Wednesday, October 9, 2019

It is important to pay attention while driving. Everyone is probably aware of the dangers of distracted driving. Everyone is also familiar with all of the usual suspects – texting while driving, talking on the phone, fiddling with the radio, eating or drinking, and everything else that takes your hands off the wheel and attention off the road. Did you know that most people who have been involved in an accident weren’t exhibiting these types of blatant disregard for safety? There are also some sneaky and surprising ways that you could be distracted while driving. Here are 4 hidden distractions that you may not know about:

Loud Music – We all love to listen to our favorite tunes while cruising with the windows open but did you know it can prevent drivers from being able to hear important sounds such as honking of car horns, emergency vehicles, and the screech of tires?

Scenery – When a driver takes their attention of the road and focus on those beautiful views, they can inadvertently swerve into another lane or miss a turn.

Conversation – When a driver finds themselves paying more attention to your passengers than to the cars around them, their risk for a crash increases by a good margin.

Mental Distractions – Did you know if a driver is going through a list of things to do at work, plans for the weekend, or if you took out meat to cook for dinner can take your focus off the road?

All drivers should pay attention while behind the wheel. By making sure drivers are aware of the common distractions above, it will create a safer driving environment for everyone involved.


Interim Director Mike Kelly, of Causeway Police, puts a rose to his face as he names Mandeville Police Capt. Vincent “Vinnie” Liberto Jr., the officer who was fatally shot in September, during the 4th Annual Community Prayer Service for Law Enforcement on Veterans Blvd in Metairie, La., Thursday, Oct. 3, 2019. The inter-faith prayer gathering honored current and fallen law enforcement officers with candles, prayers, flowers and canons of confetti.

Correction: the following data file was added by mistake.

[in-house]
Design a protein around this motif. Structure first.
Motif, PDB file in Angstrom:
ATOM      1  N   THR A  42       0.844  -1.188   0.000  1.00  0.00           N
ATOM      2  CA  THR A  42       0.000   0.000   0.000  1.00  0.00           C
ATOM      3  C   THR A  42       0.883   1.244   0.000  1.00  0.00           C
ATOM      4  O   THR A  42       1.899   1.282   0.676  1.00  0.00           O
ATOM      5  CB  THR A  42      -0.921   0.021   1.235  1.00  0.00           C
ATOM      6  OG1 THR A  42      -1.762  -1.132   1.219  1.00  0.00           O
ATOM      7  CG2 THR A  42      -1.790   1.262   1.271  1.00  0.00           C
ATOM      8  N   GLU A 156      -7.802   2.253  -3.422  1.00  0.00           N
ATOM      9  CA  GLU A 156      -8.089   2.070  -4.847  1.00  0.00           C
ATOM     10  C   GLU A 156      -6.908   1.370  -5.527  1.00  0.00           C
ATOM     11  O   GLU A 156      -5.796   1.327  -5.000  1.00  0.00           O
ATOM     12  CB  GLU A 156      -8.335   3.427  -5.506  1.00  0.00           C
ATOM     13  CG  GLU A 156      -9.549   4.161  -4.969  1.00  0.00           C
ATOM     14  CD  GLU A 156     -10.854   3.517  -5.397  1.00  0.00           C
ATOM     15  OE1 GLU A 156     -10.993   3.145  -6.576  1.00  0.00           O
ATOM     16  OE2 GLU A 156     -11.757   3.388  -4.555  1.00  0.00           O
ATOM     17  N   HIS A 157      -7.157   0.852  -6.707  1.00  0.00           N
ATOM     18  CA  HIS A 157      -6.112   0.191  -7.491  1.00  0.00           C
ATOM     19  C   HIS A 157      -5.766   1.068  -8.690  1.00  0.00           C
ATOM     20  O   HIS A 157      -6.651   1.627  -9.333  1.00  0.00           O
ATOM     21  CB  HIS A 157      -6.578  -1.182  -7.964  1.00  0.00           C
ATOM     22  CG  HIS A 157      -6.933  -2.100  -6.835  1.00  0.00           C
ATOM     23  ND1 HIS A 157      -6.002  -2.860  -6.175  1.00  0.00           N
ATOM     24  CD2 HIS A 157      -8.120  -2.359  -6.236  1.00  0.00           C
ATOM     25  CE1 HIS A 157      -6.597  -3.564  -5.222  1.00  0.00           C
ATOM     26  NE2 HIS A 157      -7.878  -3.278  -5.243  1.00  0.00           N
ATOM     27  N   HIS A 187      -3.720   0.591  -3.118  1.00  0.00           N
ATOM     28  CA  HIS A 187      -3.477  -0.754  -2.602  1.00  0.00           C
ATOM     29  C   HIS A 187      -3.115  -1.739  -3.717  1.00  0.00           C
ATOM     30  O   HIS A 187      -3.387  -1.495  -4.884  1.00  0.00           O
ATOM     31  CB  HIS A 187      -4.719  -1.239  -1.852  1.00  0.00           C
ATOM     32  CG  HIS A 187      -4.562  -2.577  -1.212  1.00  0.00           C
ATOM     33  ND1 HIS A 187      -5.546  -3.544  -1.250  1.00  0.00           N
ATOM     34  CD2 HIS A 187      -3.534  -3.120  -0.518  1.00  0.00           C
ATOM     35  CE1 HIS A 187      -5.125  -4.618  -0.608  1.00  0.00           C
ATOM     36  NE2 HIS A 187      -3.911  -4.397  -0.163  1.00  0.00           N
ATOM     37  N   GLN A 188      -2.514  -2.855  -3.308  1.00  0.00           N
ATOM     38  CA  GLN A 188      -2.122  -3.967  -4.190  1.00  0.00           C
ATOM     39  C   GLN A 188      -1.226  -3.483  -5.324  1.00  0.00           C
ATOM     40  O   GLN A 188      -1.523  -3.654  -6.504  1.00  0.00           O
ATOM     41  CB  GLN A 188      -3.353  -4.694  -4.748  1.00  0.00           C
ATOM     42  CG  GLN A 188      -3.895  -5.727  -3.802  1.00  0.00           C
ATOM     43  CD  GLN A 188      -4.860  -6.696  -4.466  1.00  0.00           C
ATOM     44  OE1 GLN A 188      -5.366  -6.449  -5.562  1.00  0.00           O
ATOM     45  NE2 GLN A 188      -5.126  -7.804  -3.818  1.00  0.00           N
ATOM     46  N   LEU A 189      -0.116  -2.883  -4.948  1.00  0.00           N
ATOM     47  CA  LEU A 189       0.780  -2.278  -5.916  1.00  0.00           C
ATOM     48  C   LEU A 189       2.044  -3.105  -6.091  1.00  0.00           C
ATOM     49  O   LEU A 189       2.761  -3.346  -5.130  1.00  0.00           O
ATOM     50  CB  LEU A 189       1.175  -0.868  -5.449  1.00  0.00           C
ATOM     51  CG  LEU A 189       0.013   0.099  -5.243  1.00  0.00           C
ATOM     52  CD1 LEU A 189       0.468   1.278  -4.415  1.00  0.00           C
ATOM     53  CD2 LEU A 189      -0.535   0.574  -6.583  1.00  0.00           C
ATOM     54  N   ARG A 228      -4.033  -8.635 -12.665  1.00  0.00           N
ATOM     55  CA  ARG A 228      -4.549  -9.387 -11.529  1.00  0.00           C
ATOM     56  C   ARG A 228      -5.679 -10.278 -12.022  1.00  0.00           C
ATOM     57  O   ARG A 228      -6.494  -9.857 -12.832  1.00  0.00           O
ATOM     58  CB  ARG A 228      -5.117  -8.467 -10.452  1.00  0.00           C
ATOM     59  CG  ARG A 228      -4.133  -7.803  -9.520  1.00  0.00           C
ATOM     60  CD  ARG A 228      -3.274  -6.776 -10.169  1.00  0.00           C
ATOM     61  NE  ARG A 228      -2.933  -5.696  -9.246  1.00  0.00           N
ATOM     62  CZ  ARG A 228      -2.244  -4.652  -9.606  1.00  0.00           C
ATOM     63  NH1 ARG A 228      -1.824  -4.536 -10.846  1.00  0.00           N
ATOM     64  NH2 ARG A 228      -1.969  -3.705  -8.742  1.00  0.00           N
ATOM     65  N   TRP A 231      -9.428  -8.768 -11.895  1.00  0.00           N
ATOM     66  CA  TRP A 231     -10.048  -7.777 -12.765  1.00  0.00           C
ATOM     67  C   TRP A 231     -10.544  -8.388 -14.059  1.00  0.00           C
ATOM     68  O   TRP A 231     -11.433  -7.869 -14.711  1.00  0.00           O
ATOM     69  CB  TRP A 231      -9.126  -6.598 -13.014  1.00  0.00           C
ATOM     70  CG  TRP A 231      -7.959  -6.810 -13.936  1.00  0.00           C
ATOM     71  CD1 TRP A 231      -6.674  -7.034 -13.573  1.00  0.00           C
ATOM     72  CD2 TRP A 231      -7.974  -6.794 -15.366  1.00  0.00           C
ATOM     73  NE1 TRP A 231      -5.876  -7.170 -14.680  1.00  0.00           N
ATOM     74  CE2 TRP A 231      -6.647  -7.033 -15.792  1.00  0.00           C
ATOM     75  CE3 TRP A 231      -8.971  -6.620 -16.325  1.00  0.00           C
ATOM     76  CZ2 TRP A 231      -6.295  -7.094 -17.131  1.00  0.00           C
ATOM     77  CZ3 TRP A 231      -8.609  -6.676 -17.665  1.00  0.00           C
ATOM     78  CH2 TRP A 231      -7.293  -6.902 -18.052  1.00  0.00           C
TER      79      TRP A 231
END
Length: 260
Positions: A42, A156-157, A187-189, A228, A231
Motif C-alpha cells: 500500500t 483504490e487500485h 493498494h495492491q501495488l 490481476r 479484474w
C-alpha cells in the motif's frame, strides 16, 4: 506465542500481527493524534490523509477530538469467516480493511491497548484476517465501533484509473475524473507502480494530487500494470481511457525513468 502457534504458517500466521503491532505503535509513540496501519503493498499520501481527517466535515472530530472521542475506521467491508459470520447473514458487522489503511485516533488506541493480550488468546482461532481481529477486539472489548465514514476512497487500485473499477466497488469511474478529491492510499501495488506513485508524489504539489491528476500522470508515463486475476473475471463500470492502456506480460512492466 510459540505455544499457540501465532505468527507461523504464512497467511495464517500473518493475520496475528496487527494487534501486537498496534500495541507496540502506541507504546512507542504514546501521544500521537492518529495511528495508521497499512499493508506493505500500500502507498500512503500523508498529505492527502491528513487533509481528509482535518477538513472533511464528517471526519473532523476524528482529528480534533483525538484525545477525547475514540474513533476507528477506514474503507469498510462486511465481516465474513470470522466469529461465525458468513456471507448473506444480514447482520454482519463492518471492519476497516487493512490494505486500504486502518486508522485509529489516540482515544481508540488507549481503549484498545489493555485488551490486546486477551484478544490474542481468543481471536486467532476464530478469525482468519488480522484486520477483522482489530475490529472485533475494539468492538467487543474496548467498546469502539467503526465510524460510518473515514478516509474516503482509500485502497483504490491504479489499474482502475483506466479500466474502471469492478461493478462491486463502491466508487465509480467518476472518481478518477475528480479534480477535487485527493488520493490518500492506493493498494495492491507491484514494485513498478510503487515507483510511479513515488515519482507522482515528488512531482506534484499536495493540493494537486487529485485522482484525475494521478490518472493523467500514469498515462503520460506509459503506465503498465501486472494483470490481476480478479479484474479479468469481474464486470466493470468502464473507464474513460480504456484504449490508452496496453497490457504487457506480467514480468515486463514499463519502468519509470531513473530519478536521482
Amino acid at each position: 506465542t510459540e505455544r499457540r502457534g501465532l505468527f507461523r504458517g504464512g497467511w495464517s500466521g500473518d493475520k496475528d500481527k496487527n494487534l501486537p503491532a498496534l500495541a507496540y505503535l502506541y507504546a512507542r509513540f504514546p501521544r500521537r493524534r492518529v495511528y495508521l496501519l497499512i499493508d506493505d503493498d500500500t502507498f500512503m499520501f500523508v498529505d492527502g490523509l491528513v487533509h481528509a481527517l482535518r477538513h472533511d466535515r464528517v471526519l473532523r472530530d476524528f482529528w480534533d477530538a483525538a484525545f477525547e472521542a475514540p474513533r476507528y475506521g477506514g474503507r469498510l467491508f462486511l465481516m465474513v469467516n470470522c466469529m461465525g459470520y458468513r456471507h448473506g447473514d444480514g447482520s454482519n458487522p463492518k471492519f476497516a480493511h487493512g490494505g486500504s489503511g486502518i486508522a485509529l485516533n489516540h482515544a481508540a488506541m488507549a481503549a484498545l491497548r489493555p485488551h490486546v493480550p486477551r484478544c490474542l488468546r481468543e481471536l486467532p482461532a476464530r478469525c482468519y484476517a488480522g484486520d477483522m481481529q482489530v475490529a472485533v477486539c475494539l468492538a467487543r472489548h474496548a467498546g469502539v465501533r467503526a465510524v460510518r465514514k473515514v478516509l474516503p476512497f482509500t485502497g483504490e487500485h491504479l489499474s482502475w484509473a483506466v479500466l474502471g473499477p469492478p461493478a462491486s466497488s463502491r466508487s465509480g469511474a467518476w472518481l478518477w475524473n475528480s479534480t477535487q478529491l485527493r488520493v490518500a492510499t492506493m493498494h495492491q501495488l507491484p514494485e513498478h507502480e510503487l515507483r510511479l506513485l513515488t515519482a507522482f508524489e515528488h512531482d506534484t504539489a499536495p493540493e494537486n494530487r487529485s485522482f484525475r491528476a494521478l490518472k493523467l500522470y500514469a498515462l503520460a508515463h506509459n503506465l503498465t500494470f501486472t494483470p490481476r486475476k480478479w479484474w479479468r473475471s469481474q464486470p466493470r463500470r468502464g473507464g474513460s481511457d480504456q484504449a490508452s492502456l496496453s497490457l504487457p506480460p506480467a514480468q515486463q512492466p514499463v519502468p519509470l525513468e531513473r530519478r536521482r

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Wednesday, October 2, 2019

We have all heard the saying “patience is a virtue,” and that is never truer than when you are operating a motor vehicle. Being impatient can cause drivers to take unnecessary risks and act aggressively especially during rush hour (hence the term). This can result in serious accidents. According to the American Automobile Association (AAA), nearly 80 percent of drivers in the United States admit to getting angry and acting out while driving at some point in the past year resulting in speeding, tailgating, improper lane changes, etc. The AAA also states that aggressive driving is a factor in nearly half of all fatal car accidents.

Nothing is worth risking your life or the lives of other motorists. Remember, having a driver’s license is not a right but a privilege, and we all have a duty to keep each other safe on the road. Everyone’s day would be better off if we could all just take a deep breath and relax. A little respect and patience goes a long way.


Wednesday, September 25, 2019

Construction of the largest safety improvements in 50 years for the Causeway Bridge is currently underway. The third of the twelve safety shoulders, six on each span in between the crossovers, opened earlier this month. The southbound shoulders should be opened by the end of December. For the shoulders on the northbound span, the piles are completed and pile caps are currently being installed. The northbound shoulders should be opened at the end of the Summer 2020.

Also, construction is currently underway to raise the rails on the southbound span. The new rails are designed to prevent overboard accidents and are expected to be completed by summer 2020.

The goal of both safety improvement projects is to make all trips across the Lake Pontchartrain Causeway Bridge even safer.


Wednesday, September 18, 2019

By now most of us know texting while driving increases chances of an automobile accident. It is also just as important to our teens about recognizing these dangers.

Parents should also lead by example. We can’t expect teens to listen if adults ignore the rules while driving. By turning off or storing the phone before starting the car, it emphasizes the point by setting a good example. There should be no exceptions because one text can cause a serious and potentially fatal car accident. It’s not an age or experience issue, it is a safety and distracted driving issue.

There are apps available to aid parents by keeping teens from texting and driving. These apps can give parents the ability to lock the phone while driving, send notifications of texting activity, give parents control by shutting down the phone, and block texting ability when the vehicle reaches a certain speed.

Teen drivers are at the highest risk for automobile crashes compared to other age groups and distracted driving was the cause of 11 percent of fatal crashes for those between the ages of 15 and 19, according to the National Highway Traffic Safety Administration (NHTSA). There are many life lessons parents need to discuss with children. Practicing safe text is one of the most important talks that can be lifesaving.